Firstly, manual therapy is recommended for work-related injuries and your osteopath or physio should tailor your treatment for your personal case (Vincent et al 2013). The treatment will often use a range of gentle movements to increase the range of the problem area and surrounding joints as well as reduce any muscle tension and pain you may have (D’Sylva et al 2010). They will often use different massage techniques and stretches to release any muscle spasms.

Osteopaths, depending on your diagnosis, age and general health may manipulate your neck which is a technique that may cause the joint to ‘click’ which are proven to decrease pain and disability (Franke et al 2015;Mandara et al 2010).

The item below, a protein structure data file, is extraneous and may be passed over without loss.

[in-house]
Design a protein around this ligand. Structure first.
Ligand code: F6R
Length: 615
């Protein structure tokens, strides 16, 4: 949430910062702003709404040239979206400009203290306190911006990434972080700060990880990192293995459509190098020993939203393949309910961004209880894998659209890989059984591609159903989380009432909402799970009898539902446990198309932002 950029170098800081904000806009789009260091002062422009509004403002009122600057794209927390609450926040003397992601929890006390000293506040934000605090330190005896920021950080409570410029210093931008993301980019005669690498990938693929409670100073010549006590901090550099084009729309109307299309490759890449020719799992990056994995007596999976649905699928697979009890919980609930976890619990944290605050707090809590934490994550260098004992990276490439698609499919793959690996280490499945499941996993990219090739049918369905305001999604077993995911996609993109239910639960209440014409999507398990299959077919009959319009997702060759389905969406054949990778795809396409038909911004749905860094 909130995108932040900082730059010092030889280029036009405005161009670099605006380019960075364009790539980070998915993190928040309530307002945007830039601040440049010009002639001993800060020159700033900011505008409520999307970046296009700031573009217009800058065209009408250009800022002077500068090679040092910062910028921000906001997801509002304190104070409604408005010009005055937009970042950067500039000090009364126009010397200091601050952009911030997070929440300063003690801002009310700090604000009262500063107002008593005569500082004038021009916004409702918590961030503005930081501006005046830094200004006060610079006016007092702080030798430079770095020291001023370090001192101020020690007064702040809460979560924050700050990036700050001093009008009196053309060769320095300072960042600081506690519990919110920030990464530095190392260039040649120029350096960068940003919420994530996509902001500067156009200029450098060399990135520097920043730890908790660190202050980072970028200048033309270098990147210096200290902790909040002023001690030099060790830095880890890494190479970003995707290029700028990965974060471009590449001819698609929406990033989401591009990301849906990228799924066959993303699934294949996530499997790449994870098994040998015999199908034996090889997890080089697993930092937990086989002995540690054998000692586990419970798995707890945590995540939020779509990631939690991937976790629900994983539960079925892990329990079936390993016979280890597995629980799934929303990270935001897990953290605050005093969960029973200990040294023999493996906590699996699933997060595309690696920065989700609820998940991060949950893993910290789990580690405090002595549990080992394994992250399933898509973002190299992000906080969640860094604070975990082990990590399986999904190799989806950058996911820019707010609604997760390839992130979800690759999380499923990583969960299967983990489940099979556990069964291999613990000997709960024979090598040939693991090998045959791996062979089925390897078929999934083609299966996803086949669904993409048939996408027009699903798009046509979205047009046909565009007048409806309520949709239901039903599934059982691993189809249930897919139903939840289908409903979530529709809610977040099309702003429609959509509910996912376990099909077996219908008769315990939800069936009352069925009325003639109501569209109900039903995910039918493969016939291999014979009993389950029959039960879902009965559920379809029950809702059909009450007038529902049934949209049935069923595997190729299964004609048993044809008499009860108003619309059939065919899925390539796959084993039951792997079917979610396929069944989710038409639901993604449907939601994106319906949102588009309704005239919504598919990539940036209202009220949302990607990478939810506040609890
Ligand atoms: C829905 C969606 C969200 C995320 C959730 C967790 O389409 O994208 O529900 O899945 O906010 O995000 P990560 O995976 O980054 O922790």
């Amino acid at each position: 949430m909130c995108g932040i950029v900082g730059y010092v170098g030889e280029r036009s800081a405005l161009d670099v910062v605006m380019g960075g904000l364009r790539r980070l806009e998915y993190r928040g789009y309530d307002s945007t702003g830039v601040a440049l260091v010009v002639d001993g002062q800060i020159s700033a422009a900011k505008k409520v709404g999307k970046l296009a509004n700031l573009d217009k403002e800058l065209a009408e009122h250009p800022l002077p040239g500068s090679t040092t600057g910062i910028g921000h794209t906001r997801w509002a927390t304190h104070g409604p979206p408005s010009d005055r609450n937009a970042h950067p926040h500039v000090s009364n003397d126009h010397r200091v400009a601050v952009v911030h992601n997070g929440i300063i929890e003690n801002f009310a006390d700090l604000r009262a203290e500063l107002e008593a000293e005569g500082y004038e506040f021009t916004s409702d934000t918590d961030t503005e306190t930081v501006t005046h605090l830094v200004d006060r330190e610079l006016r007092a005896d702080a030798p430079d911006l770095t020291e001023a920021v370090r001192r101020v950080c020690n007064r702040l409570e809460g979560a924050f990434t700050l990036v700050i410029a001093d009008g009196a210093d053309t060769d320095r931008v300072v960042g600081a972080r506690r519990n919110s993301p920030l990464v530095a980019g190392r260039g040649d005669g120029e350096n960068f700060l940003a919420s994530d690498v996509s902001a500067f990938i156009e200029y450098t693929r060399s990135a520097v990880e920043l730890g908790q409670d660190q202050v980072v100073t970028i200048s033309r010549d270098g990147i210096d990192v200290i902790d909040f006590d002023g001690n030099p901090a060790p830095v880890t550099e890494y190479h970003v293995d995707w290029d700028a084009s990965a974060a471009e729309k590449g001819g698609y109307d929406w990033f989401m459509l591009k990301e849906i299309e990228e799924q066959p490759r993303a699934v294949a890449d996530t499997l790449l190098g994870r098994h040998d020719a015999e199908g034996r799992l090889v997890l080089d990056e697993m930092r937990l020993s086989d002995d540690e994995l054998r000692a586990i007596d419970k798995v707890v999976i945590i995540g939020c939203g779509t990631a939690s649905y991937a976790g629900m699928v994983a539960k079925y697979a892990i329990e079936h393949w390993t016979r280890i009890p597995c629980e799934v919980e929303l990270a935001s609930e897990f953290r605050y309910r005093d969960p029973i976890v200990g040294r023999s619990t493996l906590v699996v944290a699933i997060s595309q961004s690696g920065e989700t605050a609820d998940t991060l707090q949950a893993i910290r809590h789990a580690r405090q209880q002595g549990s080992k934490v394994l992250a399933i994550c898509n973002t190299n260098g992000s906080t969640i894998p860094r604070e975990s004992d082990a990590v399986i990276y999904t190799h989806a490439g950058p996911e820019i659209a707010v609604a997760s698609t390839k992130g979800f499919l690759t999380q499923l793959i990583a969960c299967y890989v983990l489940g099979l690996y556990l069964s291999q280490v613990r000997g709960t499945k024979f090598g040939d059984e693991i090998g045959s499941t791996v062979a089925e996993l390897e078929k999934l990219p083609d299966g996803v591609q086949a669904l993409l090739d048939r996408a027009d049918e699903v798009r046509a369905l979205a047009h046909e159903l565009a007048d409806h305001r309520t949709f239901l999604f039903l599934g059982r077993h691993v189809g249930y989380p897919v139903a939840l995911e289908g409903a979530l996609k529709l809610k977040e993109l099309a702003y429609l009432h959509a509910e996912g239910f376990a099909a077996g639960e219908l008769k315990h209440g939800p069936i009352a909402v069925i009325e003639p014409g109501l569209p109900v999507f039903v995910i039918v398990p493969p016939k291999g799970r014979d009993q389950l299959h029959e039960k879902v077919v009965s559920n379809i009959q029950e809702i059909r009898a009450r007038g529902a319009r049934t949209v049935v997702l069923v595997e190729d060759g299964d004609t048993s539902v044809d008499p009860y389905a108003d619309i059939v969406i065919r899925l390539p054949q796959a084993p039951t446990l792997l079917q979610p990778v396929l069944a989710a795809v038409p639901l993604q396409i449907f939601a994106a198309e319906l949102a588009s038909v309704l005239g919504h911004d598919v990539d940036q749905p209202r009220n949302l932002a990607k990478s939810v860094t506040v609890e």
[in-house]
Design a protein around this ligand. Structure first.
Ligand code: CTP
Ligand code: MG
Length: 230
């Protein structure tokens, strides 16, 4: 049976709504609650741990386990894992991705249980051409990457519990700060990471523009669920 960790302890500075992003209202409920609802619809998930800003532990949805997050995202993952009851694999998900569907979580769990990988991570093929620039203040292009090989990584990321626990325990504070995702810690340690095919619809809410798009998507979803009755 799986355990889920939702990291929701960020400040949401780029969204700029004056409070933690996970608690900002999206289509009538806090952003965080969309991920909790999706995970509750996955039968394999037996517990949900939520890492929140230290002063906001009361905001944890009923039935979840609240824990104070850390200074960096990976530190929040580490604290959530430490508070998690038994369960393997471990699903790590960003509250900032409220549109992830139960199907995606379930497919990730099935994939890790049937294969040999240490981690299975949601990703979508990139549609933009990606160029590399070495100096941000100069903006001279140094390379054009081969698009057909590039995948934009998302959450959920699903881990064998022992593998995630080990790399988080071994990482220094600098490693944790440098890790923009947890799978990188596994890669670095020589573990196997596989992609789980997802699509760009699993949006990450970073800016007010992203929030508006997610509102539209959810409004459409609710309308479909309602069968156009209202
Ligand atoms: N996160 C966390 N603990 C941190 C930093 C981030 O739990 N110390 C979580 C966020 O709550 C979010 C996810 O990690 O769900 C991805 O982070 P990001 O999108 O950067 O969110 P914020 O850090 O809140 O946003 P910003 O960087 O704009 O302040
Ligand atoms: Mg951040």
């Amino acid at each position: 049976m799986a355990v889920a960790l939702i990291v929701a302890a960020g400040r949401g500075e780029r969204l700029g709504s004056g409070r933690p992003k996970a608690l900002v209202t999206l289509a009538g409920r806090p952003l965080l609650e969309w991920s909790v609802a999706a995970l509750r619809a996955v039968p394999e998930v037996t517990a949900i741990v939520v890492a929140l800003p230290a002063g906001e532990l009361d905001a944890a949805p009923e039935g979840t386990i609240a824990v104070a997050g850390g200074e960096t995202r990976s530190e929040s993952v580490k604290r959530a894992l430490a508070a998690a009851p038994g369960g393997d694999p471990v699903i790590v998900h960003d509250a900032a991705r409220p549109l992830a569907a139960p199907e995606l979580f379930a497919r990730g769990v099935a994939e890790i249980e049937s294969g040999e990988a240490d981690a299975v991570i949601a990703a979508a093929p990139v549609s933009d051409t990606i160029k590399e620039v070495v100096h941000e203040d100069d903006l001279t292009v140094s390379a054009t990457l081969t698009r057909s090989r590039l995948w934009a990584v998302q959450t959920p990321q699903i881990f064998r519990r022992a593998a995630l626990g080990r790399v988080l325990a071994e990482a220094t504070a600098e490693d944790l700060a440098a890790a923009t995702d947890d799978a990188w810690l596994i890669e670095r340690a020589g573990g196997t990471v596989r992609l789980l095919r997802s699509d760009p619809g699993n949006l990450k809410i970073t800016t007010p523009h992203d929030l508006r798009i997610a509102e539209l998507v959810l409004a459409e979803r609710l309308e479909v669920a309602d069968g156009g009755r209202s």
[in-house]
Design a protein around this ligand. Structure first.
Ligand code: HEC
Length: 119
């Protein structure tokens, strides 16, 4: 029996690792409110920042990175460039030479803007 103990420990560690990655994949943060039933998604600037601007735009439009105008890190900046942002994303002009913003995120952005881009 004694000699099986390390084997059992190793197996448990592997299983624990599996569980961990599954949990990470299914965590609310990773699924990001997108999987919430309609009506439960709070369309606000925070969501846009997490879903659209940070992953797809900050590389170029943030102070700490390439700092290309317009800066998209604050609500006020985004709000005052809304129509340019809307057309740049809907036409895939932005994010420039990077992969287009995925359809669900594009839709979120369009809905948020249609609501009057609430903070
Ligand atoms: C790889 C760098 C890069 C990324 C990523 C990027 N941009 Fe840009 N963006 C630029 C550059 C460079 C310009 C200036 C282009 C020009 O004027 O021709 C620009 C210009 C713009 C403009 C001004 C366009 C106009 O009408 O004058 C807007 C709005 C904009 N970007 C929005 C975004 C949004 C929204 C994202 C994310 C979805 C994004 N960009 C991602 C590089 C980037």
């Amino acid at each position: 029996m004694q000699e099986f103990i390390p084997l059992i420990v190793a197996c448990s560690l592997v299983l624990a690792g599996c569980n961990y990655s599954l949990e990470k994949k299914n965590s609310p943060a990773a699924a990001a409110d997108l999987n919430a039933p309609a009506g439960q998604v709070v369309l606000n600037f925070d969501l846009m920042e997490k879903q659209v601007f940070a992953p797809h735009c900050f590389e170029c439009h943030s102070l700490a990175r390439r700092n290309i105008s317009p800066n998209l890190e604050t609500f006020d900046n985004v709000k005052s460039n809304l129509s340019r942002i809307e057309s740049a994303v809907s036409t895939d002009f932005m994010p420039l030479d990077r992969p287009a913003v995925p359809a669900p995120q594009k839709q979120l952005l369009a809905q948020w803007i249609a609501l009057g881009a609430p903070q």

Subsequently, exercise therapies have been developed as a preventive treatment in order to strengthen, improve the function, quality of life and reduce pain levels of work-related injuries including spinal pain (Andersen et al 2012). Also there is evidence to show that despite awkwarrd work conditions if you do regular exercise then you be able to limit or reduce the episodes of lower back pain that you get. (Andersen et al) Therefore, make sure you stay active, go for pilates, do a group training class or personal training to get your body moving again after a day in the office.